Review symposium on “The Problem of Disenchantment”

The Journal of Religion in Europe has just published a review symposium on my book, The Problem of Disenchantment (2014). I’m excited to say that it contains critical reflections from three world-class scholars of religion, along with my own response. Hans Kippenberg, a well-known expert on Weberian approaches to the history of religion, evaluates some of the book’s claims in light of a broader reading of Weber’s oeuvre. Willem Drees, one of the leading figures in the “religion and science” field, takes a closer look at some of the points I made about the new natural theologies that emerged in the early twentieth century – specifically their relation to esotericism and “heterodoxy”. Finally, Ann Taves, a leading American scholar of religion working with (among other things) the cognitive science of religion and the notion of experience, continues a discussion that she and I have been having over the past few years regarding the perception, explanation and interpretation of “events” (for more on this, check out our forthcomming co-authored target article in Religion, Brain, & Behavior) . If you’ve got access, go ahead and read them!

While you are at it, you may also be interested in checking out my response, which I called  “The Disenchantment of Problems: Musings on a Cognitive Turn in Intellectual History” (non-final version uploaded here, and added to my Academia page for easy access).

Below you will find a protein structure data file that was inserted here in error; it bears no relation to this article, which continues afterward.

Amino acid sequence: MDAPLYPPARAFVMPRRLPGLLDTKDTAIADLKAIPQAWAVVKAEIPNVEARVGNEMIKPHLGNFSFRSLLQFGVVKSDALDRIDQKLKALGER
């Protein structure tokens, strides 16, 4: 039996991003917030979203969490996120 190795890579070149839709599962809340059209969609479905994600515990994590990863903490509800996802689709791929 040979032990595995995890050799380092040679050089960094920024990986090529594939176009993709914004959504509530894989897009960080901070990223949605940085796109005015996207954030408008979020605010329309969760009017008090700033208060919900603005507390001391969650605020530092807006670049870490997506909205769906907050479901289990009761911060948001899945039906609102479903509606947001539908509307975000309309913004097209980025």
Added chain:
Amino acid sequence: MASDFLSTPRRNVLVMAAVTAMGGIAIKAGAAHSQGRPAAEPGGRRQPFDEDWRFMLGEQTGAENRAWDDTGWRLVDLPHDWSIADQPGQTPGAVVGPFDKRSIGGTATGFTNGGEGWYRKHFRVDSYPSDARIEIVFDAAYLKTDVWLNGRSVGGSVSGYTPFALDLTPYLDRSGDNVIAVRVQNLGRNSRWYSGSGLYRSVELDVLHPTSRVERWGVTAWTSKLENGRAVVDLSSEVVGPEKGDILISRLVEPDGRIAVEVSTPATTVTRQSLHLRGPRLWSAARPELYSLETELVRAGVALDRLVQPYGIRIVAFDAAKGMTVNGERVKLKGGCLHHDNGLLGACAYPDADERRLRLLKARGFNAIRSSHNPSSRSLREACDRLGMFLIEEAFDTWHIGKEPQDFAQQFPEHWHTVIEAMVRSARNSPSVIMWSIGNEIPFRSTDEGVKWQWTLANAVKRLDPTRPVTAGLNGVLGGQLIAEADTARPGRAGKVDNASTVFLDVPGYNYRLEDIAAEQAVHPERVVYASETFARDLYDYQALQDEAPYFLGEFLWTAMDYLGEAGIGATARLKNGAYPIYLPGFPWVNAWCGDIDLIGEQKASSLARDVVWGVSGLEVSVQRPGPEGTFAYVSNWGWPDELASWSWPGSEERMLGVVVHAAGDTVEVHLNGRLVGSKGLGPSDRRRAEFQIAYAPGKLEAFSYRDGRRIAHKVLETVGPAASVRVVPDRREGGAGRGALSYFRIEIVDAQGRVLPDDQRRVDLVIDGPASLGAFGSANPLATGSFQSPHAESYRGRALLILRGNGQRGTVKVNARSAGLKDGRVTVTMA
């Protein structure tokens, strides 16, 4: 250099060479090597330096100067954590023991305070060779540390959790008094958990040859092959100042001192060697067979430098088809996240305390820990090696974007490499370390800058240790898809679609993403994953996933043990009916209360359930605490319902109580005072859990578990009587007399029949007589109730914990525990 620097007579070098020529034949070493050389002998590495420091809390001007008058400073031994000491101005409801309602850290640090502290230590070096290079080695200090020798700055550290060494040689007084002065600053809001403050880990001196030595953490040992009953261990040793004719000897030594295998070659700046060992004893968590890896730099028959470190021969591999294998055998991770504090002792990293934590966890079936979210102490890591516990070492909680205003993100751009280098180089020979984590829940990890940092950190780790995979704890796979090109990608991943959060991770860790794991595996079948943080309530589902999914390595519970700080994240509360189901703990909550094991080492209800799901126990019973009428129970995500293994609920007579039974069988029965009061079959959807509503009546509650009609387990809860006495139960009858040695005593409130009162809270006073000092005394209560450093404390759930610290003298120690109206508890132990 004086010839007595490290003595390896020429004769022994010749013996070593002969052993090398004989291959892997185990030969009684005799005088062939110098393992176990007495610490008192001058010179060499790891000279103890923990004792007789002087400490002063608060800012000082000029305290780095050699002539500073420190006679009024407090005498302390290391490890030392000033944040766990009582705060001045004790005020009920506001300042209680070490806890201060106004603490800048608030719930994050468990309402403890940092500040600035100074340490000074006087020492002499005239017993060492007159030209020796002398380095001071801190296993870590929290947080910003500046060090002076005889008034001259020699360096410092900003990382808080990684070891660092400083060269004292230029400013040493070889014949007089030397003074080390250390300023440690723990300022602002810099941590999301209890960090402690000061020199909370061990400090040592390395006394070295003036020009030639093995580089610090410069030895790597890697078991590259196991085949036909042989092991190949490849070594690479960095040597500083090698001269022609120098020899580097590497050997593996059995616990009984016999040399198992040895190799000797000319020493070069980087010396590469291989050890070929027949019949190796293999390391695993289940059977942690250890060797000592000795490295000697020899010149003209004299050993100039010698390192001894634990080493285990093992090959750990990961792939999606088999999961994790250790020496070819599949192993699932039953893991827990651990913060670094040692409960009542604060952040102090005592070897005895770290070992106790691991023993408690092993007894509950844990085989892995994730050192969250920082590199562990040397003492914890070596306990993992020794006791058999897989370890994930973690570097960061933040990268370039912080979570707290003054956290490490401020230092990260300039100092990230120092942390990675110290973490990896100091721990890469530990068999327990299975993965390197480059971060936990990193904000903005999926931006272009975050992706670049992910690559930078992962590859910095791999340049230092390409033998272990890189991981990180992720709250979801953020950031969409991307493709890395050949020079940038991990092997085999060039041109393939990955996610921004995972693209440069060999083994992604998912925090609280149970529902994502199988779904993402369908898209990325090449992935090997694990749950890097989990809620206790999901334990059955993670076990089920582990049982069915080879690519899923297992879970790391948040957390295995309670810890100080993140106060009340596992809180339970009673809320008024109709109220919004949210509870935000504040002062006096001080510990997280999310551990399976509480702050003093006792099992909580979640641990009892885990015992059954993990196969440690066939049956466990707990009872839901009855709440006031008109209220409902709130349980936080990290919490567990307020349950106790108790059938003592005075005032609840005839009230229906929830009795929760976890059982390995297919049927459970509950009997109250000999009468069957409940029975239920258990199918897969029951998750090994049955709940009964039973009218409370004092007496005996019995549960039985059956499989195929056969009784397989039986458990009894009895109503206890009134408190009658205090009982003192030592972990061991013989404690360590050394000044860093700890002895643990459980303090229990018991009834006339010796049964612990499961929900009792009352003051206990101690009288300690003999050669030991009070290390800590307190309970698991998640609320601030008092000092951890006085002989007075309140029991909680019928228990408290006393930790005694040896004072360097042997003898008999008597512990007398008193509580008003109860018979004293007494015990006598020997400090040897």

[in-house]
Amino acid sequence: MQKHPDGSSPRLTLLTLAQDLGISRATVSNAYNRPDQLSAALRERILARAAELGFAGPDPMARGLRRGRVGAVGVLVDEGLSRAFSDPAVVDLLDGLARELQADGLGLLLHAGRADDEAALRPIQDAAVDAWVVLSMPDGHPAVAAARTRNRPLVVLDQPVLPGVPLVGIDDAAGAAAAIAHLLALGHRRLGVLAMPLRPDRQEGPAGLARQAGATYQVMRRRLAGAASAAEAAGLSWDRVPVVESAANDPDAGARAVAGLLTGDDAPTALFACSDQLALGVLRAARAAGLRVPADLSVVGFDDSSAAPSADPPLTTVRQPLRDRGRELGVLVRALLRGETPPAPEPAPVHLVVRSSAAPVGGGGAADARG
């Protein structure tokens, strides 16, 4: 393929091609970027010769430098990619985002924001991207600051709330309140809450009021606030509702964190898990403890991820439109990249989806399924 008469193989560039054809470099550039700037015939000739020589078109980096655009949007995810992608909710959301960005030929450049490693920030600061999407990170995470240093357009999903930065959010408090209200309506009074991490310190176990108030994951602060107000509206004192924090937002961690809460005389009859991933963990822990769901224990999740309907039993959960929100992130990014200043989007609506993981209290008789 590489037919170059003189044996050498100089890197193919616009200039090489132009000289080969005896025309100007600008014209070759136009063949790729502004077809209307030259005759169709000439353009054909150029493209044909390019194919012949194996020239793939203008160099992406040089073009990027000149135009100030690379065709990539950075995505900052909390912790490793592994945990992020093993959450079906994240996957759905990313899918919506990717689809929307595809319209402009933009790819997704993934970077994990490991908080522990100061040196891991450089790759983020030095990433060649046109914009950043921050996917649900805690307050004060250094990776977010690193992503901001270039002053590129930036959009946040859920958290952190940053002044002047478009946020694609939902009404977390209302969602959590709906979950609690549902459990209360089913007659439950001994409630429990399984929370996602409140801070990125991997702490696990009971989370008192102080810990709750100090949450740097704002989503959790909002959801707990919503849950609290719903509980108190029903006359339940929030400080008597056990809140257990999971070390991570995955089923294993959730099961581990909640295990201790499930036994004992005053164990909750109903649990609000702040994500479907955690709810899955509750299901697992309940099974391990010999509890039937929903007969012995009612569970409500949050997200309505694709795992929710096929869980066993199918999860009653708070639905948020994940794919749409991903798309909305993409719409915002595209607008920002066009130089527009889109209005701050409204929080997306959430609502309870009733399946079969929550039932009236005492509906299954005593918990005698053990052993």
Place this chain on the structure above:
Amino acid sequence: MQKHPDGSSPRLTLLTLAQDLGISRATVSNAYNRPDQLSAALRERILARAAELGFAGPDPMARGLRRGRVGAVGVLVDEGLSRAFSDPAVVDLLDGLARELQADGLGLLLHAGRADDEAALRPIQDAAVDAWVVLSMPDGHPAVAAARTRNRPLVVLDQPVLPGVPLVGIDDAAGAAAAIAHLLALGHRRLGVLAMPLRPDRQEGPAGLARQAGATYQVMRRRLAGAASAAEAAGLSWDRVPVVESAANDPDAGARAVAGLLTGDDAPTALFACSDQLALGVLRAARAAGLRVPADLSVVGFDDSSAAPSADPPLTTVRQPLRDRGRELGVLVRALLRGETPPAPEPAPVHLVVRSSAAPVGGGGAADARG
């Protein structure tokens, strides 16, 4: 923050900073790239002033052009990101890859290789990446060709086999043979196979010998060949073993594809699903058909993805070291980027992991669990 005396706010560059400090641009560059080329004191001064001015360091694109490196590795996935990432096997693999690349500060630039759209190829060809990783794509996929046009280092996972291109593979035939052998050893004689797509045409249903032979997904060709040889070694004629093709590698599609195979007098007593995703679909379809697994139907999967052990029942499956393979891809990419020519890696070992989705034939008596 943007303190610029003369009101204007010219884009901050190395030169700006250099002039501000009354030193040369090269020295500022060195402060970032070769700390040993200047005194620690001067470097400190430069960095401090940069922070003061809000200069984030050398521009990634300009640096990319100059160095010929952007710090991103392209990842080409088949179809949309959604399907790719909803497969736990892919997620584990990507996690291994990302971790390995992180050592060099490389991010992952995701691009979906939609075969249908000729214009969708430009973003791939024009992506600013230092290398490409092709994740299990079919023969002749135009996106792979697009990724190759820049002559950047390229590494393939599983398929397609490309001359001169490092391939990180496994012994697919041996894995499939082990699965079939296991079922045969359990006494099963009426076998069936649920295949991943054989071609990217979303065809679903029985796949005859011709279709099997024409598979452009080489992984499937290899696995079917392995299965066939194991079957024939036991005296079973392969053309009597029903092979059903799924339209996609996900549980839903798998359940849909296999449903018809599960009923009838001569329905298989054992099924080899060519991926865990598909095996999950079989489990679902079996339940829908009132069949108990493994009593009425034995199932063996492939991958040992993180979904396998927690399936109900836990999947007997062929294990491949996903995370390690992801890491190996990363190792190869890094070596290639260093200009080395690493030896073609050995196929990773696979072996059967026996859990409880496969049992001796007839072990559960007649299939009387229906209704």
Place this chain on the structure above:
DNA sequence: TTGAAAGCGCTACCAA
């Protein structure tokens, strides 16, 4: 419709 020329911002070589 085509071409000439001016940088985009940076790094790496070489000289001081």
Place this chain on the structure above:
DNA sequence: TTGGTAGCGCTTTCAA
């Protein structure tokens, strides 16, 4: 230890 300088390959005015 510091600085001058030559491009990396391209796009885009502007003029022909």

Max Weber Prize for “The Problem of Disenchantment”

Prof. Hans Kippenberg delivering his laudatio.

Prof. Hans Kippenberg delivering his laudatio.

On December 1, I was awarded the Max-Weber-Preis für Nachwuchsforschung from the Max Weber Center for Advanced Cultural and Social Studies in Erfurt for The Problem of Disenchantment. It was given in absentia, but upon receiving the manuscript of Prof. Hans Kippenberg’s laudatio, I was pleased to see that finally someone picked up on my namesake from the sagas, a certain “wayward Icelandic seafarer”. Kippenberg’s concluding words:

Es ist eine herausragende Arbeit eines Nachwuchswissenschaftlers in dem Feld zwischen Religionswissenschaft und Naturwissenschaft, ist bezogen auf Webers Forschungsprogramm, interdisziplinär angelegt und mit historischer Tiefe und langem Atem, wie man ihn von einem Seefahrer erwarten darf.

I guess Egil Skallagrimsson was actually more of a farmer than a sailor (incidentally that fits better with my own family background, too), but perhaps our shared warrior-poet mentality and ruthless brutality make the link stick nevertheless.